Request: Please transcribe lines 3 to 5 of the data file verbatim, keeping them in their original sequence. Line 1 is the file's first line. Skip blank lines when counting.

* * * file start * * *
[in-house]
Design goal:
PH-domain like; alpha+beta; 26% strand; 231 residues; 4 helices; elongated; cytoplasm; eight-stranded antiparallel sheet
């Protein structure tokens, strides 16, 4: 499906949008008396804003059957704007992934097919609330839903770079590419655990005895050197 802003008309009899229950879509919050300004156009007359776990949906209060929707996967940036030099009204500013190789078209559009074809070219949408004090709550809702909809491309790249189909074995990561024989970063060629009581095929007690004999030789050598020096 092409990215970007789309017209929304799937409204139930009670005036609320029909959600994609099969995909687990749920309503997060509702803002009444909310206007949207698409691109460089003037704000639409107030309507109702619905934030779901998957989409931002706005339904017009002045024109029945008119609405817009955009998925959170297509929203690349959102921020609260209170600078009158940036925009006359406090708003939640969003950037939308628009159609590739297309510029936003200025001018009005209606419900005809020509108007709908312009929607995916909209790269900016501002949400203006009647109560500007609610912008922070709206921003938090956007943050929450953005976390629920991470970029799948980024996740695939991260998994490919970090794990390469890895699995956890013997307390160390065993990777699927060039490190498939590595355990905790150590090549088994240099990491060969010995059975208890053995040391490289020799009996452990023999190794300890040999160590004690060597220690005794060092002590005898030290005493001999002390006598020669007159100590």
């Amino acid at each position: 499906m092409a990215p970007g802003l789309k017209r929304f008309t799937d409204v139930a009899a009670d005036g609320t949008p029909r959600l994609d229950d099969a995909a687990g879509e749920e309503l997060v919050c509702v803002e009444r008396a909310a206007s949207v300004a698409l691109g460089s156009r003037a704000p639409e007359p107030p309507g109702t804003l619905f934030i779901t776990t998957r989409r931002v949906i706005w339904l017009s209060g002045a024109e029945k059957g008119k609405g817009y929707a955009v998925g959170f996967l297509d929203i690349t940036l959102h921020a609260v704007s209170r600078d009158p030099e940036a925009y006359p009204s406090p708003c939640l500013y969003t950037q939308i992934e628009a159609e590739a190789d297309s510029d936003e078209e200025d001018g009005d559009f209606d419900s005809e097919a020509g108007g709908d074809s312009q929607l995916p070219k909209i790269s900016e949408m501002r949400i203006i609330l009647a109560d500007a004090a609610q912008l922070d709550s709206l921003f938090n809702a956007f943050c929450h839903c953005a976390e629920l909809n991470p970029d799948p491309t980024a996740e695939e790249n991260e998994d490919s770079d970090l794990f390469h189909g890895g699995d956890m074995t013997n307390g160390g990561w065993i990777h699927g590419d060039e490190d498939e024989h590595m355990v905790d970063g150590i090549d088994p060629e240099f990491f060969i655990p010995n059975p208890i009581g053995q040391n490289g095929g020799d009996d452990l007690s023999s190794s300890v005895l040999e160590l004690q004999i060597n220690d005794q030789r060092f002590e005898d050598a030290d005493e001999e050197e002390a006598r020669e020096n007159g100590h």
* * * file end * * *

PH-domain like; alpha+beta; 26% strand; 231 residues; 4 helices; elongated; cytoplasm; eight-stranded antiparallel sheet
């Protein structure tokens, strides 16, 4: 499906949008008396804003059957704007992934097919609330839903770079590419655990005895050197 802003008309009899229950879509919050300004156009007359776990949906209060929707996967940036030099009204500013190789078209559009074809070219949408004090709550809702909809491309790249189909074995990561024989970063060629009581095929007690004999030789050598020096 092409990215970007789309017209929304799937409204139930009670005036609320029909959600994609099969995909687990749920309503997060509702803002009444909310206007949207698409691109460089003037704000639409107030309507109702619905934030779901998957989409931002706005339904017009002045024109029945008119609405817009955009998925959170297509929203690349959102921020609260209170600078009158940036925009006359406090708003939640969003950037939308628009159609590739297309510029936003200025001018009005209606419900005809020509108007709908312009929607995916909209790269900016501002949400203006009647109560500007609610912008922070709206921003938090956007943050929450953005976390629920991470970029799948980024996740695939991260998994490919970090794990390469890895699995956890013997307390160390065993990777699927060039490190498939590595355990905790150590090549088994240099990491060969010995059975208890053995040391490289020799009996452990023999190794300890040999160590004690060597220690005794060092002590005898030290005493001999002390006598020669007159100590």
């Amino acid at each position: 499906m092409a990215p970007g802003l789309k017209r929304f008309t799937d409204v139930a009899a009670d005036g609320t949008p029909r959600l994609d229950d099969a995909a687990g879509e749920e309503l997060v919050c509702v803002e009444r008396a909310a206007s949207v300004a698409l691109g460089s156009r003037a704000p639409e007359p107030p309507g109702t804003l619905f934030i779901t776990t998957r989409r931002v949906i706005w339904l017009s209060g002045a024109e029945k059957g008119k609405g817009y929707a955009v998925g959170f996967l297509d929203i690349t940036l959102h921020a609260v704007s209170r600078d009158p030099e940036a925009y006359p009204s406090p708003c939640l500013y969003t950037q939308i992934e628009a159609e590739a190789d297309s510029d936003e078209e200025d001018g009005d559009f209606d419900s005809e097919a020509g108007g709908d074809s312009q929607l995916p070219k909209i790269s900016e949408m501002r949400i203006i609330l009647a109560d500007a004090a609610q912008l922070d709550s709206l921003f938090n809702a956007f943050c929450h839903c953005a976390e629920l909809n991470p970029d799948p491309t980024a996740e695939e790249n991260e998994d490919s770079d970090l794990f390469h189909g890895g699995d956890m074995t013997n307390g160390g990561w065993i990777h699927g590419d060039e490190d498939e024989h590595m355990v905790d970063g150590i090549d088994p060629e240099f990491f060969i655990p010995n059975p208890i009581g053995q040391n490289g095929g020799d009996d452990l007690s023999s190794s300890v005895l040999e160590l004690q004999i060597n220690d005794q030789r060092f002590e005898d050598a030290d005493e001999e050197e002390a006598r020669e020096n007159g100590h």